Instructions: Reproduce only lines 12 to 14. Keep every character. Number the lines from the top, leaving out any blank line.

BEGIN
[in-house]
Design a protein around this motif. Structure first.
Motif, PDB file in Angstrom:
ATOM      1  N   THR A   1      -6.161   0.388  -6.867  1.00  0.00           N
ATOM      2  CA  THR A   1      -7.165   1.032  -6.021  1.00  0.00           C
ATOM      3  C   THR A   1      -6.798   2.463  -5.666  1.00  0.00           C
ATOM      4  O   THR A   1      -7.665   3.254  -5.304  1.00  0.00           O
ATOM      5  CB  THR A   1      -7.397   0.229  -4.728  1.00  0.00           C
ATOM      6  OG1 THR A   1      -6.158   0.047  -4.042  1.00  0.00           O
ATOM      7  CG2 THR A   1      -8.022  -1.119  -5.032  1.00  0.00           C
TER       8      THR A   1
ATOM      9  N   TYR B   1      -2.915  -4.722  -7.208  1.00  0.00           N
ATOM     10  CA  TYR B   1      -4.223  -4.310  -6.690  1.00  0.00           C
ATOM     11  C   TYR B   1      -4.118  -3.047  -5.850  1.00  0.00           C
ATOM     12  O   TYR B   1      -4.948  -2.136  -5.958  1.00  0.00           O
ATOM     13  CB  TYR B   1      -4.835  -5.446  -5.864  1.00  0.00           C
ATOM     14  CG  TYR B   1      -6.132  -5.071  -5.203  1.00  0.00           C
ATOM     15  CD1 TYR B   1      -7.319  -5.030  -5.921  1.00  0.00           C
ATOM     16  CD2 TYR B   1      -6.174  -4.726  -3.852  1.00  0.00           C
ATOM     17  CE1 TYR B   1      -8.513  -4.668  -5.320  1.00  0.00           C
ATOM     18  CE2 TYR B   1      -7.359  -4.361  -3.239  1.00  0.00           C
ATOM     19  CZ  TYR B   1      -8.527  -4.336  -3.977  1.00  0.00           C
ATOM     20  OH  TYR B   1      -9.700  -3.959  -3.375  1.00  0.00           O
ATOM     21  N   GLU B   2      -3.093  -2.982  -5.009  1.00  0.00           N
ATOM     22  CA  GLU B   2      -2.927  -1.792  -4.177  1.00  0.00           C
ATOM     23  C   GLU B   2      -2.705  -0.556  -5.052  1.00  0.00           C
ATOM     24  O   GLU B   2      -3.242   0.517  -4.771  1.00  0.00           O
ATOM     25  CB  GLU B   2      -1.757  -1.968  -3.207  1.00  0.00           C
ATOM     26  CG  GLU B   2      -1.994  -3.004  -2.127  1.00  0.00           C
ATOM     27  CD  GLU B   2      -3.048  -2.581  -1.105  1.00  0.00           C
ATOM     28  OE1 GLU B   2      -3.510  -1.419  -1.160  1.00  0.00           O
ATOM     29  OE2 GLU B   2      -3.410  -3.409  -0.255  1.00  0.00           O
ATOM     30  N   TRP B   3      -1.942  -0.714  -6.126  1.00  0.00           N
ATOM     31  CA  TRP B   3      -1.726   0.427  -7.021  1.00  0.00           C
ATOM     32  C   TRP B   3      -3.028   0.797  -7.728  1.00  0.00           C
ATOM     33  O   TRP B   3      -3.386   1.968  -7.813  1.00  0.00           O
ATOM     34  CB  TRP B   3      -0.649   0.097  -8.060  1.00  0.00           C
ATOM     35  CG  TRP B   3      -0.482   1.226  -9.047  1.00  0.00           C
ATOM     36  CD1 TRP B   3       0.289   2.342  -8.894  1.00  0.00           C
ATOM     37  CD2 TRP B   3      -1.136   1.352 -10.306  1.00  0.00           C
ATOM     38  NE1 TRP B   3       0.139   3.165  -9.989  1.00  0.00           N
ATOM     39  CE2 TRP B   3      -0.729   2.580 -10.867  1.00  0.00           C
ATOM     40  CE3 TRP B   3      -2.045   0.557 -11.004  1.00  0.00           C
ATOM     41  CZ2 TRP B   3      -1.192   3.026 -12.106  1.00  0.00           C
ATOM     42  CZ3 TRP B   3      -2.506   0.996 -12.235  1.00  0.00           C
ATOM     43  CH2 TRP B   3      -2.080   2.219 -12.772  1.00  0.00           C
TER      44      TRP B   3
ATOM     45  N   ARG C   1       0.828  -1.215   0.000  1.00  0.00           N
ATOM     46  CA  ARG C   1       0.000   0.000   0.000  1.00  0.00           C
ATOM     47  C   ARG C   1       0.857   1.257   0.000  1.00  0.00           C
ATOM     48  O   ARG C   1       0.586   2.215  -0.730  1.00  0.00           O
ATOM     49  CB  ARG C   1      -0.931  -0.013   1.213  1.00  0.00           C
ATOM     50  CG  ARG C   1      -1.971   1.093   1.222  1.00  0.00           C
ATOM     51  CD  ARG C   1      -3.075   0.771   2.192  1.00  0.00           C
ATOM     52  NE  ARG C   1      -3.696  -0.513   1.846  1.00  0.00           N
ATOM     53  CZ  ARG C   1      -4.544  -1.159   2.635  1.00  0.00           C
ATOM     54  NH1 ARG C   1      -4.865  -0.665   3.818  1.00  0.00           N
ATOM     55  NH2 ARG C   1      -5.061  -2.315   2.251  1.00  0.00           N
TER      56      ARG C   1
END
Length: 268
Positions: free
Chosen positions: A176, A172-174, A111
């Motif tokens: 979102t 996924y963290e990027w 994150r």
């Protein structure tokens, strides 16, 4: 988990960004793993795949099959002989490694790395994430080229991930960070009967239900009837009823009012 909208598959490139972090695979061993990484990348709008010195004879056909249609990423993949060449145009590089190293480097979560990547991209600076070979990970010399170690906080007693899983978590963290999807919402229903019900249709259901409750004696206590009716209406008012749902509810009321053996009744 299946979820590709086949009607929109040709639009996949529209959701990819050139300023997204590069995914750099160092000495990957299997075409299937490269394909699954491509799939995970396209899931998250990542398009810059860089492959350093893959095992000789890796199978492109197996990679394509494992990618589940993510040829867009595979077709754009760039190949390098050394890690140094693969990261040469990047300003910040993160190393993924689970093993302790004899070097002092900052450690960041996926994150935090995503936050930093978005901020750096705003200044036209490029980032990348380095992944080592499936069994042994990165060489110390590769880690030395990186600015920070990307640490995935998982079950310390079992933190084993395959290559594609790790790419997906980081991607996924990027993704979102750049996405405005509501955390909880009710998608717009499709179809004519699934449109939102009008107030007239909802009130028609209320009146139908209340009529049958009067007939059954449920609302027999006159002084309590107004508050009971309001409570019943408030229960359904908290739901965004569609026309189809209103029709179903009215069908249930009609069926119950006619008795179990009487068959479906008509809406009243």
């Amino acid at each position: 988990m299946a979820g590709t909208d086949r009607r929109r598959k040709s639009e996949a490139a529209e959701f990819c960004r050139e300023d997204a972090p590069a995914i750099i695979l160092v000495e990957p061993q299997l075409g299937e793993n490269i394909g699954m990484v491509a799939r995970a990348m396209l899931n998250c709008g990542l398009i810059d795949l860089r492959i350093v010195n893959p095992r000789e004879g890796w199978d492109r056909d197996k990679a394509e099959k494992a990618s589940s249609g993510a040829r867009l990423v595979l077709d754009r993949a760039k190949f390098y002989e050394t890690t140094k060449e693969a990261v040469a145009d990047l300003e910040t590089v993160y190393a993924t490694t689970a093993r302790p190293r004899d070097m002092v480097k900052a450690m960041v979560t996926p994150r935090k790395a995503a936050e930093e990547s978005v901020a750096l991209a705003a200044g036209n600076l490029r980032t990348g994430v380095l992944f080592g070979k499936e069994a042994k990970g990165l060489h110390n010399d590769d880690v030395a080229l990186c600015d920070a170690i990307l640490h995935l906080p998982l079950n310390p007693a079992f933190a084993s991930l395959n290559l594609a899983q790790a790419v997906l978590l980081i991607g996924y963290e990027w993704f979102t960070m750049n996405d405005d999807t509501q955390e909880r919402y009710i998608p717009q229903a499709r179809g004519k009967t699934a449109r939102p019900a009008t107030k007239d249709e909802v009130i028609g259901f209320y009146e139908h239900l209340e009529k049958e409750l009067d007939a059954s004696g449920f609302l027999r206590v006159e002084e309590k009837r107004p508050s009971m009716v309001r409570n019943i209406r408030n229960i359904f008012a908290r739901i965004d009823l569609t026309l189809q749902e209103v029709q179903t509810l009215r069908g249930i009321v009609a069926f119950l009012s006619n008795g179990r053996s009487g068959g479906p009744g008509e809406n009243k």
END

ATOM      9  N   TYR B   1      -2.915  -4.722  -7.208  1.00  0.00           N
ATOM     10  CA  TYR B   1      -4.223  -4.310  -6.690  1.00  0.00           C
ATOM     11  C   TYR B   1      -4.118  -3.047  -5.850  1.00  0.00           C